Structural repairs are needed at the new $22 million school in Miami-Yoder School District JT60, just as they have been at several others in the state where work was done by Neenan Company of Fort Collins.
The repairs are necessary to bring the building up to regional seismic and wind building codes, said Superintendent Rick Walters. An outside contractor recently reviewed the project at the request of Colorado Department of Education and found the problems.
“There is no imminent danger and the buildings are safe. We are disappointed, but relieved we don’t have to move out,” Walters said.
WJE, the engineering company that examined the building, assured the district that it is safe to occupy.
The district sent a detailed letter to parents and community members outlining the work to be done, noting that “this is to provide temporary stability of the building in event of extreme winds and seismic or earthquake activity that may occur.”
Temporary repairs will be done as soon as the design is finished, before spring break in March.
It will include installation of braces at three outside spots on the wall connecting the library with the central office. Lateral struts will be installed on the west side of the building at the exterior edges of the cafeteria.
Permanent work will be done this summer, including addition of steel bracing in the interior of the building at several locations.
Neenan will pay for the repairs, said Jeremy Story, company spokesman.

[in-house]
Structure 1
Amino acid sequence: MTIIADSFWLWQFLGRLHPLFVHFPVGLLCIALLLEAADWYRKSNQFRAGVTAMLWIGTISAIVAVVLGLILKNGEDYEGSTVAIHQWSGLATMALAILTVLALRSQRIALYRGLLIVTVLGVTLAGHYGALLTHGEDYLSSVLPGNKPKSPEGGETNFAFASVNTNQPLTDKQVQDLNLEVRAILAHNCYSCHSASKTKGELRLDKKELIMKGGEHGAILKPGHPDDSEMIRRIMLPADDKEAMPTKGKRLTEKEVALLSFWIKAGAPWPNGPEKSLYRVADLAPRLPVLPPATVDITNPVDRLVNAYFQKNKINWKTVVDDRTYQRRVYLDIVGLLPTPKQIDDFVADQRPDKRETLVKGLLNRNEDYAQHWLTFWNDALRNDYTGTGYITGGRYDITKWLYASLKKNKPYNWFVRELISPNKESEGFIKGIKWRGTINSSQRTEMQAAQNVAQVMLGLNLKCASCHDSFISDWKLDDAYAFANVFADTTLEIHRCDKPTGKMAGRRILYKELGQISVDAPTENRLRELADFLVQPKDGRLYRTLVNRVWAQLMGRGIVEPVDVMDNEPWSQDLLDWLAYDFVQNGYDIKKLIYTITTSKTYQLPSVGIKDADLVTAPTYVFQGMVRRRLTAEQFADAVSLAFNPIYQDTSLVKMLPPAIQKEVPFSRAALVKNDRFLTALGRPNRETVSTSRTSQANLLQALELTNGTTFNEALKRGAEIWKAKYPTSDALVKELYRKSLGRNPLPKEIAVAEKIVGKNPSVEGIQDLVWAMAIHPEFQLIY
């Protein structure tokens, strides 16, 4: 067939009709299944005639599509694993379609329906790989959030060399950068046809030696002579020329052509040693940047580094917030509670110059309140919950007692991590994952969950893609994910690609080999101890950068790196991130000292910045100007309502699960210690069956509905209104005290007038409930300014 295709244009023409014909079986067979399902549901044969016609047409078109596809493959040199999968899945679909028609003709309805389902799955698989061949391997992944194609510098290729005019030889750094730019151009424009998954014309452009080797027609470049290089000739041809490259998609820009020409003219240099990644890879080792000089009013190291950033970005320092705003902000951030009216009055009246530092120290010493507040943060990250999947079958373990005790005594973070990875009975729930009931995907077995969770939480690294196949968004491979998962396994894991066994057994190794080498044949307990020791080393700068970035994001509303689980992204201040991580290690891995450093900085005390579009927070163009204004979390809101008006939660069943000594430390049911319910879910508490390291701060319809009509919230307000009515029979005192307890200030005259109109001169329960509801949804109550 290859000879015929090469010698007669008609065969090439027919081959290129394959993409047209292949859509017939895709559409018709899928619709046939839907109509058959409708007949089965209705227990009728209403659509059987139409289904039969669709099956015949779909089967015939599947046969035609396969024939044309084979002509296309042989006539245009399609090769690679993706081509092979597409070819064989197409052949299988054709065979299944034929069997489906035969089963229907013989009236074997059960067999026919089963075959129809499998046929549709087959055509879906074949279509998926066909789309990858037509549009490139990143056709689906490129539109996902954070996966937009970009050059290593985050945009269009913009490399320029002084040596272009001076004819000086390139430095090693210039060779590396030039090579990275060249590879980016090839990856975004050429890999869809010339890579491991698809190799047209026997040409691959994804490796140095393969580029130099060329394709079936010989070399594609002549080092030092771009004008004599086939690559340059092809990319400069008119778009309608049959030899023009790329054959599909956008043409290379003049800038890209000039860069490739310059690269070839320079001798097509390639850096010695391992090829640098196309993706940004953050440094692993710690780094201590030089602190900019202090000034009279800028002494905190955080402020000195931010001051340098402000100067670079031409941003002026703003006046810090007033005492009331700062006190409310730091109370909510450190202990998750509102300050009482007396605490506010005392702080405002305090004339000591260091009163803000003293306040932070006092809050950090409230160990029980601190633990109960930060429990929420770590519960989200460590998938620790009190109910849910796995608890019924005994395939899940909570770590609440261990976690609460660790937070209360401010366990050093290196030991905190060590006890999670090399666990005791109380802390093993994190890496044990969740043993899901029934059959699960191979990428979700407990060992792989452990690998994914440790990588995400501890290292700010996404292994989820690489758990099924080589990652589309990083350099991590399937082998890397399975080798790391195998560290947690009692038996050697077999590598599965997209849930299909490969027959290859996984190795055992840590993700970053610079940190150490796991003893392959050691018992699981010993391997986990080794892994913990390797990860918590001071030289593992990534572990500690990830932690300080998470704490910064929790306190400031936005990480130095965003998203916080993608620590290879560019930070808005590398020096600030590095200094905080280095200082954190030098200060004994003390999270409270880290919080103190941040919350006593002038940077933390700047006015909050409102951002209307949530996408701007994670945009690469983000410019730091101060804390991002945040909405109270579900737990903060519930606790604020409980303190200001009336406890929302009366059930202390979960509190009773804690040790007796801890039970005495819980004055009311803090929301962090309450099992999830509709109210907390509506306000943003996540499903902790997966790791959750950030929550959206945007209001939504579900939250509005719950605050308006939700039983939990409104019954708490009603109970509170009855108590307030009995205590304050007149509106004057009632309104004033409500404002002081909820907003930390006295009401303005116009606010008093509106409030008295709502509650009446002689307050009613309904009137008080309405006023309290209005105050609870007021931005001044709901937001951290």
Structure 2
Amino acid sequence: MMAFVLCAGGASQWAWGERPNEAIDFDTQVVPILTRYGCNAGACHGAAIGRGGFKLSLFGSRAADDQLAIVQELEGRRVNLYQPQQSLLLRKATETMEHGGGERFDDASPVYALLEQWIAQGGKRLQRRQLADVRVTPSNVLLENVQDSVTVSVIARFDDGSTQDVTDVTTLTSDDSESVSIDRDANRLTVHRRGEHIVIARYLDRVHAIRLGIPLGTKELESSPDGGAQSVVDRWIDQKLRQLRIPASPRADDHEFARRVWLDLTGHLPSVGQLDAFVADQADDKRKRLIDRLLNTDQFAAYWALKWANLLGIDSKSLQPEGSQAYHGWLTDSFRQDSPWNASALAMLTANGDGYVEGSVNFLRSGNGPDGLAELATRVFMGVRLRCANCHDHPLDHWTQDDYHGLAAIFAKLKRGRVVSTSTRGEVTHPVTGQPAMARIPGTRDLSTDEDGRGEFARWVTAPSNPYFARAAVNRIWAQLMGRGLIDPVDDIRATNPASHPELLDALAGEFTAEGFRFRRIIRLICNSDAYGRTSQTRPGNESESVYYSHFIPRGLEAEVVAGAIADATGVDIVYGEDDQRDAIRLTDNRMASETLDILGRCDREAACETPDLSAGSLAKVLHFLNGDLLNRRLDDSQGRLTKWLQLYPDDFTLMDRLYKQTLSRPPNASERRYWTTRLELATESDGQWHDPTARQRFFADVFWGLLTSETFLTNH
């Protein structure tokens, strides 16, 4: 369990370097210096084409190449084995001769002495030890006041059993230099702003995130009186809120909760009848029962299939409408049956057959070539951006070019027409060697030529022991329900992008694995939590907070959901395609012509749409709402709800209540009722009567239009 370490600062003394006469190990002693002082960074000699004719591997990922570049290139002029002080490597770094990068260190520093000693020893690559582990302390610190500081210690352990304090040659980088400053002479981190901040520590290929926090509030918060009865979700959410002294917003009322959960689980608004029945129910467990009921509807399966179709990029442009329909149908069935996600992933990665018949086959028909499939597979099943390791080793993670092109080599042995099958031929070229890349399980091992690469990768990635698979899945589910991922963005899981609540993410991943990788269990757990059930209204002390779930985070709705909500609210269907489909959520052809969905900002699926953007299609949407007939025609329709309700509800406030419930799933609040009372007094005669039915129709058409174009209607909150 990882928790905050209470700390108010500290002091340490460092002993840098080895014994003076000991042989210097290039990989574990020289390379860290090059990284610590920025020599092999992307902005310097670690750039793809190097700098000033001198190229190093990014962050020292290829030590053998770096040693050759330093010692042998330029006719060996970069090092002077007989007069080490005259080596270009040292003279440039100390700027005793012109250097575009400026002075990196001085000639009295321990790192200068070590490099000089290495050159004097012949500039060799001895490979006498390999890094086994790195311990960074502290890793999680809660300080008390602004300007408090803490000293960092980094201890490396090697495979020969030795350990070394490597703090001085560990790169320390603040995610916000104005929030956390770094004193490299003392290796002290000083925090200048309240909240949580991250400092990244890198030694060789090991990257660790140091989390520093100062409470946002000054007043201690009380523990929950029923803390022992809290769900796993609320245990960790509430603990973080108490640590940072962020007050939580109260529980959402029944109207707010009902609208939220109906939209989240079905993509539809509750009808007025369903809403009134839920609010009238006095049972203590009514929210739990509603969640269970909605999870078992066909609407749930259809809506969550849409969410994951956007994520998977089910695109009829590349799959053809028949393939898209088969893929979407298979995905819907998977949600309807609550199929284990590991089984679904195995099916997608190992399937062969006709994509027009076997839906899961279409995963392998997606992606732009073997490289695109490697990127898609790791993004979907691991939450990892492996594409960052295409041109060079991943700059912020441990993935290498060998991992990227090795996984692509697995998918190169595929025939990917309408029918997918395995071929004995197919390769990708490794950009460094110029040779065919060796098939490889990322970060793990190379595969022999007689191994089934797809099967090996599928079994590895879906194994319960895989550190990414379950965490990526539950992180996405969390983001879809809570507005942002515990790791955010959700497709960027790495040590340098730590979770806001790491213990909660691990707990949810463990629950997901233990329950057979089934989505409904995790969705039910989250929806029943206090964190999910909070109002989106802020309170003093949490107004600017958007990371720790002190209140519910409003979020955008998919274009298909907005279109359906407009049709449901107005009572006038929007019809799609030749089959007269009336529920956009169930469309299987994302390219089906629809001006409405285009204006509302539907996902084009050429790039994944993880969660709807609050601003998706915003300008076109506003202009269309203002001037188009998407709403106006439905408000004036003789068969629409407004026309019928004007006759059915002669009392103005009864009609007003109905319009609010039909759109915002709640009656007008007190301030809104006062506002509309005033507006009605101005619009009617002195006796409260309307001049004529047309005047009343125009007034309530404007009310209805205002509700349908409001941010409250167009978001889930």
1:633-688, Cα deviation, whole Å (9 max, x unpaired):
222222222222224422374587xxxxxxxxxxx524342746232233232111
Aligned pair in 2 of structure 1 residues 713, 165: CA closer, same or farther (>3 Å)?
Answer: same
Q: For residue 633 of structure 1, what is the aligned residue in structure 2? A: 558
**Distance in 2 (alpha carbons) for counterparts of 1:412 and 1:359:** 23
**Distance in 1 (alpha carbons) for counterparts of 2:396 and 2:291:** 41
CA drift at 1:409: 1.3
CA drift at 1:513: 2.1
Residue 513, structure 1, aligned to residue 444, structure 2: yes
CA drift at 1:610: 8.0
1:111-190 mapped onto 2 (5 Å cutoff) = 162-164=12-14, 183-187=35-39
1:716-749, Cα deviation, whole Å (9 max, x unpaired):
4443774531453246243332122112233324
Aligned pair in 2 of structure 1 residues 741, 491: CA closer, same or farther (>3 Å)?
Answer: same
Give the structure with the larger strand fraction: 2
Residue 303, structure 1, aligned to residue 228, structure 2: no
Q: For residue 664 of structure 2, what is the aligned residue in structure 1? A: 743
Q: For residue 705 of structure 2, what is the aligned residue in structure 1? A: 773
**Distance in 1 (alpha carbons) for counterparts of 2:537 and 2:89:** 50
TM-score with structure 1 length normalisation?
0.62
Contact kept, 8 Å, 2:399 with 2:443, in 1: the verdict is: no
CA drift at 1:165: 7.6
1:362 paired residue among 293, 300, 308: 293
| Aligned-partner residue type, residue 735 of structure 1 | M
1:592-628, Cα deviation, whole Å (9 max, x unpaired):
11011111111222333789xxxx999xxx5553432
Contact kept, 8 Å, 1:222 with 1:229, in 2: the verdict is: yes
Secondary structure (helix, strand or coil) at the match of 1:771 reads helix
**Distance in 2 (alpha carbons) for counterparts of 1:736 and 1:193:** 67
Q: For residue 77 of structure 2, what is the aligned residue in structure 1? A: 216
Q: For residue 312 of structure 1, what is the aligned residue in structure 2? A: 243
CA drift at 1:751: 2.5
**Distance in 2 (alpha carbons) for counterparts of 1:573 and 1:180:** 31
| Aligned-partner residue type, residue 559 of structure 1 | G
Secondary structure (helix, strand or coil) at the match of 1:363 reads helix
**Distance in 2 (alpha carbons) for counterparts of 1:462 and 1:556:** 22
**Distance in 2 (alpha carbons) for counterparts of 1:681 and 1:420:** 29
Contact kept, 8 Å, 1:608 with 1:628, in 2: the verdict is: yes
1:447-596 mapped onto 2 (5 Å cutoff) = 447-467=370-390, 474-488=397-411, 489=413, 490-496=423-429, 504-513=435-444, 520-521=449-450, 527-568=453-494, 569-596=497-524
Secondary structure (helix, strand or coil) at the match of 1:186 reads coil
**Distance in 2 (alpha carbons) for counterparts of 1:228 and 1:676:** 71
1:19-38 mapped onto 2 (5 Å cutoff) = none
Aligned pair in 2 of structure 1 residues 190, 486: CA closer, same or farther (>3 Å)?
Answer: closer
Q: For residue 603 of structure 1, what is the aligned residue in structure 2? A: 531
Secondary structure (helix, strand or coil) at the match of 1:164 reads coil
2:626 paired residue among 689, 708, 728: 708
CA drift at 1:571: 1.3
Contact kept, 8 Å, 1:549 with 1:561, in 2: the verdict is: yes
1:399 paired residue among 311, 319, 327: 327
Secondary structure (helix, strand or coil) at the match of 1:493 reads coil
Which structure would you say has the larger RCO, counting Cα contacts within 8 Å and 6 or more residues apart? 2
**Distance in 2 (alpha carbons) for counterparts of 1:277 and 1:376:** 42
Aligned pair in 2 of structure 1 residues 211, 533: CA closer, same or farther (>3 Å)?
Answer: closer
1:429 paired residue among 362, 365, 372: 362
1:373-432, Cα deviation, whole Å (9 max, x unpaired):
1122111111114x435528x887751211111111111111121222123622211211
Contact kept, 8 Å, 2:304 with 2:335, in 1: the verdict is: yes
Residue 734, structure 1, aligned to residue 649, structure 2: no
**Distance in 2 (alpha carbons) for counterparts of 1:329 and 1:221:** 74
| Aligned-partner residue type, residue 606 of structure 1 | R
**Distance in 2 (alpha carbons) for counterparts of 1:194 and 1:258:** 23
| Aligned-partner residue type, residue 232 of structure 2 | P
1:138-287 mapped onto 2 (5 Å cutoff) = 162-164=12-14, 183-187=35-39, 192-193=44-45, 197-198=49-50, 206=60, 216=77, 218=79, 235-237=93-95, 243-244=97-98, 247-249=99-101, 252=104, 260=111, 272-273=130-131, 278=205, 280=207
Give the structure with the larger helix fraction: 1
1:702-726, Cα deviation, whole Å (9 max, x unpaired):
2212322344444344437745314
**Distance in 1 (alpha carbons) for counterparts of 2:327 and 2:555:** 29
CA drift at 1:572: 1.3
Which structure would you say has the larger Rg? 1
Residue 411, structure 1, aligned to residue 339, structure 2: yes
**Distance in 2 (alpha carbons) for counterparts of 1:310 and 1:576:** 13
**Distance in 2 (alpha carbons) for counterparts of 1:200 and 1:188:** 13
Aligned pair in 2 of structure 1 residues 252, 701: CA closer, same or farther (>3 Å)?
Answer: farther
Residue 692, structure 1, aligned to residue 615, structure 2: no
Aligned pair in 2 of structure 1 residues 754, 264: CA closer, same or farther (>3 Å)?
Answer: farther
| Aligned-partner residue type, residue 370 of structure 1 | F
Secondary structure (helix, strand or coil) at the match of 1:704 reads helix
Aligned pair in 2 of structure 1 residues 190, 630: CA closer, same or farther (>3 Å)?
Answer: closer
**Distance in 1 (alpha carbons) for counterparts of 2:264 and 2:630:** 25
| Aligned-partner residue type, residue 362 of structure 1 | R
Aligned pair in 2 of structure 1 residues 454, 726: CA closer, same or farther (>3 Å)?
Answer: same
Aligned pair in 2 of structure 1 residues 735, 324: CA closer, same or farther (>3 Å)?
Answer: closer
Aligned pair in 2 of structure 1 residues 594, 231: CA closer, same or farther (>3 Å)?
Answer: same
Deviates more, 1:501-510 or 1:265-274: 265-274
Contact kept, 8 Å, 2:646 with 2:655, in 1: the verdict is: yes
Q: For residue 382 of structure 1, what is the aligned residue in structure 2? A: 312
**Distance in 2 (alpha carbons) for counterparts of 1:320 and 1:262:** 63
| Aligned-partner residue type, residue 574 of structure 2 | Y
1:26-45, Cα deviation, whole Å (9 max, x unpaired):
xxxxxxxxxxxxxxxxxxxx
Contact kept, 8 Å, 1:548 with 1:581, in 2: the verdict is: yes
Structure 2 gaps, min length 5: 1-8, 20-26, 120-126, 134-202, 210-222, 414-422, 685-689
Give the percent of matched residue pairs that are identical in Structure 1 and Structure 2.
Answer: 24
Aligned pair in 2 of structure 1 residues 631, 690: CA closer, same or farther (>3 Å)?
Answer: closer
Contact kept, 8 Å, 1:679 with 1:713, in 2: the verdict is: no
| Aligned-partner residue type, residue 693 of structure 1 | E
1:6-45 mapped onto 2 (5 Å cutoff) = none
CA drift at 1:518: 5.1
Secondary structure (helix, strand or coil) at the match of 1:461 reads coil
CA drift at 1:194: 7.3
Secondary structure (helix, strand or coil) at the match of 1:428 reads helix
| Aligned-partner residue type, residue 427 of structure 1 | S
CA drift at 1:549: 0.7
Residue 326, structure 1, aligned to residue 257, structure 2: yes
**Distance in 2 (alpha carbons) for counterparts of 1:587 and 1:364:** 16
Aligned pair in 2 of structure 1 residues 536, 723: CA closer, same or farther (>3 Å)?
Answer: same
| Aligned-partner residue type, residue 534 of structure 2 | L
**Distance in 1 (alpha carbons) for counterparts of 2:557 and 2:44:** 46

The company also is paying for the inspections on 15 schools across the state that have received $150 million in grants from the state’s BEST (Building Excellent Schools Today) program. The program was created to replace Colorado’s crumbling schools, especially in rural areas.
Structural problems have been found in eight districts — all the BEST Projects done by Neenan, state officials said.
After the problems were uncovered, Neenan fired engineer Gary Howell in November. A state regulatory board later suspended Howell's professional engineering license.
Neenan is “stepping up and taking care of this,” Ted Hughes, who heads the BEST program for the Colorado Department of Education, said Wednesday during a BEST board meeting, according to the Denver Post. Board officials said repairs to schools were mostly minor or moderate.
Miami-Yoder’s 71,000-square foot complex houses about 325 students in kindergarten through 12th grade. The overhaul of the facility completed two years ago was accomplished in two phases and made possible by an $18.1 million BEST grant, a $2 million bond, and an old capital construction grant.
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